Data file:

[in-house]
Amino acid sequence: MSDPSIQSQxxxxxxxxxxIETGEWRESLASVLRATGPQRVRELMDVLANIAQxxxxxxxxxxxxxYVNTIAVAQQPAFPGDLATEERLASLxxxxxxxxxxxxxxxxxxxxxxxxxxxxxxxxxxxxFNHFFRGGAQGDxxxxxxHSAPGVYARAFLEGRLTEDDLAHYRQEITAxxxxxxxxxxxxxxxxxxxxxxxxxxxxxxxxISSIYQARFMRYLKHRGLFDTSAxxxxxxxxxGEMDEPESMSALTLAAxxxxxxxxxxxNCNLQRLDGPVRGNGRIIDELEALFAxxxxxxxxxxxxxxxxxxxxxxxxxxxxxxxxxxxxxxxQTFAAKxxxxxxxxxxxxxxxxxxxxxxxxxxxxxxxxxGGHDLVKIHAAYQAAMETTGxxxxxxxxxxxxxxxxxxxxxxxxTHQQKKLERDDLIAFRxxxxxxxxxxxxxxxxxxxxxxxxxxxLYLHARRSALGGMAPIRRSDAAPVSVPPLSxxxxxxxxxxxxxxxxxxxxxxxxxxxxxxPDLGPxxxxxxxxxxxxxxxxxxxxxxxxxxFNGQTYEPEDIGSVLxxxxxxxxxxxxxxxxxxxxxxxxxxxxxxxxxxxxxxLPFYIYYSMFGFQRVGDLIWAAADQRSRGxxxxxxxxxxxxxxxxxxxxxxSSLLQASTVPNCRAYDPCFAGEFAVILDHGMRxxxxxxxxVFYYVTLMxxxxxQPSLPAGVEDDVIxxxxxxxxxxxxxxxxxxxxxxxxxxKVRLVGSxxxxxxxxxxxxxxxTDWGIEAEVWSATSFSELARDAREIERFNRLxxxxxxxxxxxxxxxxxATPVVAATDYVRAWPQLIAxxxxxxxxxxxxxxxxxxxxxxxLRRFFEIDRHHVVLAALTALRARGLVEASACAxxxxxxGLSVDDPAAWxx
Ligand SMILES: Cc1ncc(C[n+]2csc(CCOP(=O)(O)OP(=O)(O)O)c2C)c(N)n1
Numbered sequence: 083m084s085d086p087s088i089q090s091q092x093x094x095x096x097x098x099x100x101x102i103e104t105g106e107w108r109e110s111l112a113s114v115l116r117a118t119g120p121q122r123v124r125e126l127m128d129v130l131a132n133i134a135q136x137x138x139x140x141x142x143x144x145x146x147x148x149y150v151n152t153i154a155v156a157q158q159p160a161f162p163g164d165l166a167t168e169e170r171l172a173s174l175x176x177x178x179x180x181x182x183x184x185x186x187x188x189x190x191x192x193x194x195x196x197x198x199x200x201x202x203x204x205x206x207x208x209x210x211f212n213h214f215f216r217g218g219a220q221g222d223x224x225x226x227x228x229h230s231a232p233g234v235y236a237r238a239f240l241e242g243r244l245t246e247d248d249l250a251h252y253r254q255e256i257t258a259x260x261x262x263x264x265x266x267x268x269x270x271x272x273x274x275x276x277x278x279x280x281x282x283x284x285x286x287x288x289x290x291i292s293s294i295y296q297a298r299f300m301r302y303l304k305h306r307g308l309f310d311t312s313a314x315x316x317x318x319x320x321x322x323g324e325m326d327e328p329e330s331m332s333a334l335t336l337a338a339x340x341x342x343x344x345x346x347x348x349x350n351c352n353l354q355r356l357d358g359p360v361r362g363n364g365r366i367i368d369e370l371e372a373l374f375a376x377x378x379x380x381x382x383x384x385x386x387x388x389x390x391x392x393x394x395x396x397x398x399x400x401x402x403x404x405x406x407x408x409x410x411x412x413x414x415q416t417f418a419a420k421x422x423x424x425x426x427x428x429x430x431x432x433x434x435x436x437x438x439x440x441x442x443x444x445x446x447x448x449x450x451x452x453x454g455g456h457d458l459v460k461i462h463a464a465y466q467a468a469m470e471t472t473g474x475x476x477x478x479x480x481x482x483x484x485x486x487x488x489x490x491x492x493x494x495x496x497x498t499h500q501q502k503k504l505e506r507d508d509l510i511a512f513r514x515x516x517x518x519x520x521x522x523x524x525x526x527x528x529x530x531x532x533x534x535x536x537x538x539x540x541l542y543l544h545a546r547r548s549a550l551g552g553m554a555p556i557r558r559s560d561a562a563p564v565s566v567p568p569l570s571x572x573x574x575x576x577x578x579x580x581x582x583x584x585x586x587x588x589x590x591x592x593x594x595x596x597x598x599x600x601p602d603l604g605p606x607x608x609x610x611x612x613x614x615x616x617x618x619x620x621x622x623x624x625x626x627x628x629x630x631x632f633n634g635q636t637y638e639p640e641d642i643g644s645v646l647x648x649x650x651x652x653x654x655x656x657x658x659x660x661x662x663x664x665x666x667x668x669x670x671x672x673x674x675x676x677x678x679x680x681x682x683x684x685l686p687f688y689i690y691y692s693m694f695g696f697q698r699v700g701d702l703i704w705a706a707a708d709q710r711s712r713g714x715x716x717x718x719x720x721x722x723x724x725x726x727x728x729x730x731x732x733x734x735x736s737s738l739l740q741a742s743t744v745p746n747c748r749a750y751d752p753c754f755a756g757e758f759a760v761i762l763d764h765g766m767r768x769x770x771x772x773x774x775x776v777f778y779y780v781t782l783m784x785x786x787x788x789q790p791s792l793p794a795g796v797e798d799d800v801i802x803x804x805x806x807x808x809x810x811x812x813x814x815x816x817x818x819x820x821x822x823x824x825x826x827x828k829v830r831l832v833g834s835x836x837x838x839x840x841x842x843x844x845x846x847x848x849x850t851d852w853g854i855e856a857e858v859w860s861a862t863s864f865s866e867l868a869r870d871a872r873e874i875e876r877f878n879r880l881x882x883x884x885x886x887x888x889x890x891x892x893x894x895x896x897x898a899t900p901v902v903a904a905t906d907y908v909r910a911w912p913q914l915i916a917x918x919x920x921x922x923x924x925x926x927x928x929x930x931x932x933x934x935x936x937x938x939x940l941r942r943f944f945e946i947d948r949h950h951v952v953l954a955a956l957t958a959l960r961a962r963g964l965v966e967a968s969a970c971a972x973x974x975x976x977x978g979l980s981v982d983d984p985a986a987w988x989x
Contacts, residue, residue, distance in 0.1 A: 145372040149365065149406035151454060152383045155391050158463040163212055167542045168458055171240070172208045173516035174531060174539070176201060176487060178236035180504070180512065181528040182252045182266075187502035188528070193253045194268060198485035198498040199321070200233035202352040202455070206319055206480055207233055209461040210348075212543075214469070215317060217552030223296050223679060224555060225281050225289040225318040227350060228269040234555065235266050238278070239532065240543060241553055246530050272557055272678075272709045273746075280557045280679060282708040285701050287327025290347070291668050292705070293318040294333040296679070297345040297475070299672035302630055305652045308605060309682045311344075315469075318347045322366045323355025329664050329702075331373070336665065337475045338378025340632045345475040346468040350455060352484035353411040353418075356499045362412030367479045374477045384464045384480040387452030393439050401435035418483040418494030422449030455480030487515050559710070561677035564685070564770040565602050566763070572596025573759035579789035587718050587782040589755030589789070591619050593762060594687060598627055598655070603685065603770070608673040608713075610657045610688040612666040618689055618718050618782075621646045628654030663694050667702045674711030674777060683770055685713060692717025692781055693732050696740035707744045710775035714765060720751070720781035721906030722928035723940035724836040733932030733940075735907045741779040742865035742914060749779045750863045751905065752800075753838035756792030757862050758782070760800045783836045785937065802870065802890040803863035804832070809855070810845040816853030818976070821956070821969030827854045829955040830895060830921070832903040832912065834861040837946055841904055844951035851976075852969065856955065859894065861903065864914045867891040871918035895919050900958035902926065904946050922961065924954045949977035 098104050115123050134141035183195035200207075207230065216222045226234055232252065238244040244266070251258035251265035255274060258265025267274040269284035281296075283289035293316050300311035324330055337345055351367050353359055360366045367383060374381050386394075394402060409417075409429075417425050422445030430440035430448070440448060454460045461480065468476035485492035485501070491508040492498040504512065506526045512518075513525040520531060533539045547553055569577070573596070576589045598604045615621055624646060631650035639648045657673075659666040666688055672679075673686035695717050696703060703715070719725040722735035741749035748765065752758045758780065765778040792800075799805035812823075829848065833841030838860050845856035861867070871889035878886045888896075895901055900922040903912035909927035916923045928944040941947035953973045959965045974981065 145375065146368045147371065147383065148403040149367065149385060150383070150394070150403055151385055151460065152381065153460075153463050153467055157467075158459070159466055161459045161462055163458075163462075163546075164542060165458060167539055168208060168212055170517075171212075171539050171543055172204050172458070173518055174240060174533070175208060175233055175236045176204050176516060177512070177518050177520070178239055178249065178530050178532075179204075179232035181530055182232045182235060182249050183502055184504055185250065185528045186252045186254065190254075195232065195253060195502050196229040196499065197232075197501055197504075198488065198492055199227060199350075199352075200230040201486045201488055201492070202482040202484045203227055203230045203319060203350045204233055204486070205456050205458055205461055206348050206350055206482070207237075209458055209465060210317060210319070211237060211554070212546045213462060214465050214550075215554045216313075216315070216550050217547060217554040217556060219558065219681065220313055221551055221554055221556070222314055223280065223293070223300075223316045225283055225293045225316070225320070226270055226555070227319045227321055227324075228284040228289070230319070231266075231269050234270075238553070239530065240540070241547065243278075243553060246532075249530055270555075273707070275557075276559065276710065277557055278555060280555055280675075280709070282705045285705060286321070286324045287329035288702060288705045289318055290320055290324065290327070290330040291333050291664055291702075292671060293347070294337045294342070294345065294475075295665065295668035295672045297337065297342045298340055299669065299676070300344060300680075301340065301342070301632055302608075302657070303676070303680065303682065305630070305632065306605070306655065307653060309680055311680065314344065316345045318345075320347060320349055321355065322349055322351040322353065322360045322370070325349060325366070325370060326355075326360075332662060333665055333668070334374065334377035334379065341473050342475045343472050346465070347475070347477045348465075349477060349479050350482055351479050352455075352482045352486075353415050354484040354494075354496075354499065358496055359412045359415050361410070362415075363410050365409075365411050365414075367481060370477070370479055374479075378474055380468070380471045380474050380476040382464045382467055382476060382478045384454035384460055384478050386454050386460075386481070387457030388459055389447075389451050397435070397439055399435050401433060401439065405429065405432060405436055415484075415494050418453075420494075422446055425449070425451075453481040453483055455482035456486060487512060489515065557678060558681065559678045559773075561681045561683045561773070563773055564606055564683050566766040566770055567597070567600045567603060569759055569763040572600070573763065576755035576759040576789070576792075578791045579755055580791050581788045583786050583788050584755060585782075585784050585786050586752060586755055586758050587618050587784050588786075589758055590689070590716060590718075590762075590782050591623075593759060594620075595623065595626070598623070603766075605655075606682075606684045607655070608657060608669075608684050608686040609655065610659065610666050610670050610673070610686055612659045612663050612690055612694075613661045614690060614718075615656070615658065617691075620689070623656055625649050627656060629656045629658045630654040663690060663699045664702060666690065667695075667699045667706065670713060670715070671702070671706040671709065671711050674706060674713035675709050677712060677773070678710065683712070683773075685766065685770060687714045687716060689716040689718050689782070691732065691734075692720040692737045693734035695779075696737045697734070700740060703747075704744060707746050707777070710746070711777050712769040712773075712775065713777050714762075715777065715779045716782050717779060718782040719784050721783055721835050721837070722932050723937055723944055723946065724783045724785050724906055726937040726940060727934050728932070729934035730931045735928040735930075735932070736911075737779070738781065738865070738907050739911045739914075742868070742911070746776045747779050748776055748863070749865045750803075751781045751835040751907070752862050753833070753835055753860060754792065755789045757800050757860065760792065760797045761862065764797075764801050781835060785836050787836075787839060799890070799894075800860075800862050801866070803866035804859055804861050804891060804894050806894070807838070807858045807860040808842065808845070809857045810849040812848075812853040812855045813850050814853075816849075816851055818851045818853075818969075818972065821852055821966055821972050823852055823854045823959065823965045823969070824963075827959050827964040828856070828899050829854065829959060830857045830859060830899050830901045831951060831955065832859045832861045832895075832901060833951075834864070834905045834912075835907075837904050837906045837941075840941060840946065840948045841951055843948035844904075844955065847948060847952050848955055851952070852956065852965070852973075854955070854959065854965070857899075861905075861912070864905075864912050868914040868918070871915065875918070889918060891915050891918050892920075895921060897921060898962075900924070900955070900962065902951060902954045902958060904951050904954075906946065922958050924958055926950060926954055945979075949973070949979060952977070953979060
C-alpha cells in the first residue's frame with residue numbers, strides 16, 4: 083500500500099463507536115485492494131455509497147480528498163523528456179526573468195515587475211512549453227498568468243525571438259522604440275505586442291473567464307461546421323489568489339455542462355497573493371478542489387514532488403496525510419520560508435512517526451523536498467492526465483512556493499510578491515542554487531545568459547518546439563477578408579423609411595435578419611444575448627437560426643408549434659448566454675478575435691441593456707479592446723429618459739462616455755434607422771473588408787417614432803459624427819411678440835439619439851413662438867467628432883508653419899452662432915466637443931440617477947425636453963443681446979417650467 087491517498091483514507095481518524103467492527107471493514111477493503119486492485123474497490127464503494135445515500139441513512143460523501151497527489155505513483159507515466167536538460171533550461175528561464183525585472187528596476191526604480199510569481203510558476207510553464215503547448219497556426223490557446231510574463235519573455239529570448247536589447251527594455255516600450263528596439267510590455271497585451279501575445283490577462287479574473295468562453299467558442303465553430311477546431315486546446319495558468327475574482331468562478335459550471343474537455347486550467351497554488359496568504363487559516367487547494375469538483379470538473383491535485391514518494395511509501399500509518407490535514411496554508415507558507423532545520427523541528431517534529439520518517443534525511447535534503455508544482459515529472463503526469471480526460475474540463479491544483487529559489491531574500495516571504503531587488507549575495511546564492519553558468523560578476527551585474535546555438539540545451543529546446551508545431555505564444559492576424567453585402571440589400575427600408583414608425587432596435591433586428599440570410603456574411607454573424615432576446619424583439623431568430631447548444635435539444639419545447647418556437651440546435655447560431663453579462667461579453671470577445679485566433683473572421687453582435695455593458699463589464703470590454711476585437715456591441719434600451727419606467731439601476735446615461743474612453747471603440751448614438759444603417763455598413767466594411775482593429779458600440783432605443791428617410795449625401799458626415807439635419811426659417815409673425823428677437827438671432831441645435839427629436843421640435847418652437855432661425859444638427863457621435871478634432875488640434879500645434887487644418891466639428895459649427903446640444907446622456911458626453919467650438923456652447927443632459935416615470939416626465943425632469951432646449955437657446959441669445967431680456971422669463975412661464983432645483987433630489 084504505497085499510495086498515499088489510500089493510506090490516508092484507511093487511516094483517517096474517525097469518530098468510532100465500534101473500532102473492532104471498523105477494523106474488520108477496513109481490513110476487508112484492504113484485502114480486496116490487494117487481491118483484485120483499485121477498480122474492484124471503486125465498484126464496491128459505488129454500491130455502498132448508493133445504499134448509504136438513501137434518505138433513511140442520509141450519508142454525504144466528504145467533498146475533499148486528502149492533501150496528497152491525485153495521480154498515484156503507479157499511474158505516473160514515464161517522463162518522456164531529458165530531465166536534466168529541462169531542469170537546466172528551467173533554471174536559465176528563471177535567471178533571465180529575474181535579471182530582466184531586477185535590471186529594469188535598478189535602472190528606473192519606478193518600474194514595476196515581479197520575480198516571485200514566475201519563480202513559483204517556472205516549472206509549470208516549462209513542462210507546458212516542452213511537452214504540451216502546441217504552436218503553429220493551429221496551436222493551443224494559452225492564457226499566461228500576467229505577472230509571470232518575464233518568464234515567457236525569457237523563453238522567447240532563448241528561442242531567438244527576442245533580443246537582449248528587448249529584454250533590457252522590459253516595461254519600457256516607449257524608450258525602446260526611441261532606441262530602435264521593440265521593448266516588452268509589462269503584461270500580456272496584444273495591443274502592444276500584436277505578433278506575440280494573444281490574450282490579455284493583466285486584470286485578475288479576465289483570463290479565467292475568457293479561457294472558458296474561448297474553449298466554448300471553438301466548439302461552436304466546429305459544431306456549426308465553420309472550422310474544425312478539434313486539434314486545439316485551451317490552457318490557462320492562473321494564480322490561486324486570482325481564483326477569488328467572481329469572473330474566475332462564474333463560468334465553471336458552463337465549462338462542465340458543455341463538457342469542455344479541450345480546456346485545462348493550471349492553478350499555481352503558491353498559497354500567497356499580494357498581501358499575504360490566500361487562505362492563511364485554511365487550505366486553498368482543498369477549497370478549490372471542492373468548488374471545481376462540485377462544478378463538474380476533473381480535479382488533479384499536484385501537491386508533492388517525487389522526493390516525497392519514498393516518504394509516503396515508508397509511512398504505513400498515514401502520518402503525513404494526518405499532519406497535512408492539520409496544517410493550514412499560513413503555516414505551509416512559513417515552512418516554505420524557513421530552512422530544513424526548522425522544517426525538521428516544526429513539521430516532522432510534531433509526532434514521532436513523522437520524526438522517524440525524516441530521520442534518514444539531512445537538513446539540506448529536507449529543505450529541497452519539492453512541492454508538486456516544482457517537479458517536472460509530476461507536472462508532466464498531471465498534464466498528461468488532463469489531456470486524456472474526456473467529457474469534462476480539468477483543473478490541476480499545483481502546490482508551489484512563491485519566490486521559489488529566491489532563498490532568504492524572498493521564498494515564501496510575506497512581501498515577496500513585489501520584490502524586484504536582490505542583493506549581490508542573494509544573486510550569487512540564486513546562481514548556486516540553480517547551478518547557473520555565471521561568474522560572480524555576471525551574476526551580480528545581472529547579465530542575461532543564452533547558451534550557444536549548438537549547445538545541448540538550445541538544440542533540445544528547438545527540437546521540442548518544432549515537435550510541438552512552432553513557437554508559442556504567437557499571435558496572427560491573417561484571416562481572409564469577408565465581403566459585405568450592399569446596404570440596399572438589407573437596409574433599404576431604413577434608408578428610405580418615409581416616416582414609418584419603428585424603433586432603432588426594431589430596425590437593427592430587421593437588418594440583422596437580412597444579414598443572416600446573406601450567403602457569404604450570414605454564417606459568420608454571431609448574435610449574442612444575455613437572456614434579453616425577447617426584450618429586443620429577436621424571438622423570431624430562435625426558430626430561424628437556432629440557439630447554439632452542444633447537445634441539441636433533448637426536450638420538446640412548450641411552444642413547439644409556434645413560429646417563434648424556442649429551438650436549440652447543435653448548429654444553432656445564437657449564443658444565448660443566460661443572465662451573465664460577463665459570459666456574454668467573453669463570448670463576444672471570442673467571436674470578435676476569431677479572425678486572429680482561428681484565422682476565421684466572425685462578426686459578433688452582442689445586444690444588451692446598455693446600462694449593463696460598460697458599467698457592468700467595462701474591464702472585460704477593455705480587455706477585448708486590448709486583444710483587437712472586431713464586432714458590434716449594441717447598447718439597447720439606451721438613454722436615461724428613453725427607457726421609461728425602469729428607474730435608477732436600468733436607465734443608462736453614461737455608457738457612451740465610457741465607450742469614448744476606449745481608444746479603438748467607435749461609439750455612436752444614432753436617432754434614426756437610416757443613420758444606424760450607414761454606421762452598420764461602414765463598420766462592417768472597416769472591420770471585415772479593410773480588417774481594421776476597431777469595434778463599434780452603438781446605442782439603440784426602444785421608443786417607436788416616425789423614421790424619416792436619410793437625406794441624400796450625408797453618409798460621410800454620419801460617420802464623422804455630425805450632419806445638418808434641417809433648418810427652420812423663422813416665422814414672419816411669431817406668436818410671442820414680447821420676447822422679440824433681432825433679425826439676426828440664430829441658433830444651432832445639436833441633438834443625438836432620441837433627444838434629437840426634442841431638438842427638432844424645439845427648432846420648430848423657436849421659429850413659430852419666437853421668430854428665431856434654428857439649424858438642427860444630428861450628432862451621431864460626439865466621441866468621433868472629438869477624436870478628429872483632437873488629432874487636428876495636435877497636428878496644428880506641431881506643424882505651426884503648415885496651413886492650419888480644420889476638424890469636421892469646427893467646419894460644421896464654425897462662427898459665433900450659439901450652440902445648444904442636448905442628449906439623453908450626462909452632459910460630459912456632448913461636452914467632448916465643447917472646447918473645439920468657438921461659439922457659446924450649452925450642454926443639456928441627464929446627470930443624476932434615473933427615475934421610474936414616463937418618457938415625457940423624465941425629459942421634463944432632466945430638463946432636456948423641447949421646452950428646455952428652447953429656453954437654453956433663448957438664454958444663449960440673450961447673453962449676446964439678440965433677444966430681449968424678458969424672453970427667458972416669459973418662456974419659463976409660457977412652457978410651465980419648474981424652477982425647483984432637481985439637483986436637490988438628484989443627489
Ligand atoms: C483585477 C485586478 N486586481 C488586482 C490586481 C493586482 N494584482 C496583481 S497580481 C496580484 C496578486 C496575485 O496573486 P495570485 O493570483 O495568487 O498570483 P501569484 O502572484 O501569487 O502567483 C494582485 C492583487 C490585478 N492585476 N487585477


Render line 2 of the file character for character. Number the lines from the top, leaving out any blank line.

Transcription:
Amino acid sequence: MSDPSIQSQxxxxxxxxxxIETGEWRESLASVLRATGPQRVRELMDVLANIAQxxxxxxxxxxxxxYVNTIAVAQQPAFPGDLATEERLASLxxxxxxxxxxxxxxxxxxxxxxxxxxxxxxxxxxxxFNHFFRGGAQGDxxxxxxHSAPGVYARAFLEGRLTEDDLAHYRQEITAxxxxxxxxxxxxxxxxxxxxxxxxxxxxxxxxISSIYQARFMRYLKHRGLFDTSAxxxxxxxxxGEMDEPESMSALTLAAxxxxxxxxxxxNCNLQRLDGPVRGNGRIIDELEALFAxxxxxxxxxxxxxxxxxxxxxxxxxxxxxxxxxxxxxxxQTFAAKxxxxxxxxxxxxxxxxxxxxxxxxxxxxxxxxxGGHDLVKIHAAYQAAMETTGxxxxxxxxxxxxxxxxxxxxxxxxTHQQKKLERDDLIAFRxxxxxxxxxxxxxxxxxxxxxxxxxxxLYLHARRSALGGMAPIRRSDAAPVSVPPLSxxxxxxxxxxxxxxxxxxxxxxxxxxxxxxPDLGPxxxxxxxxxxxxxxxxxxxxxxxxxxFNGQTYEPEDIGSVLxxxxxxxxxxxxxxxxxxxxxxxxxxxxxxxxxxxxxxLPFYIYYSMFGFQRVGDLIWAAADQRSRGxxxxxxxxxxxxxxxxxxxxxxSSLLQASTVPNCRAYDPCFAGEFAVILDHGMRxxxxxxxxVFYYVTLMxxxxxQPSLPAGVEDDVIxxxxxxxxxxxxxxxxxxxxxxxxxxKVRLVGSxxxxxxxxxxxxxxxTDWGIEAEVWSATSFSELARDAREIERFNRLxxxxxxxxxxxxxxxxxATPVVAATDYVRAWPQLIAxxxxxxxxxxxxxxxxxxxxxxxLRRFFEIDRHHVVLAALTALRARGLVEASACAxxxxxxGLSVDDPAAWxx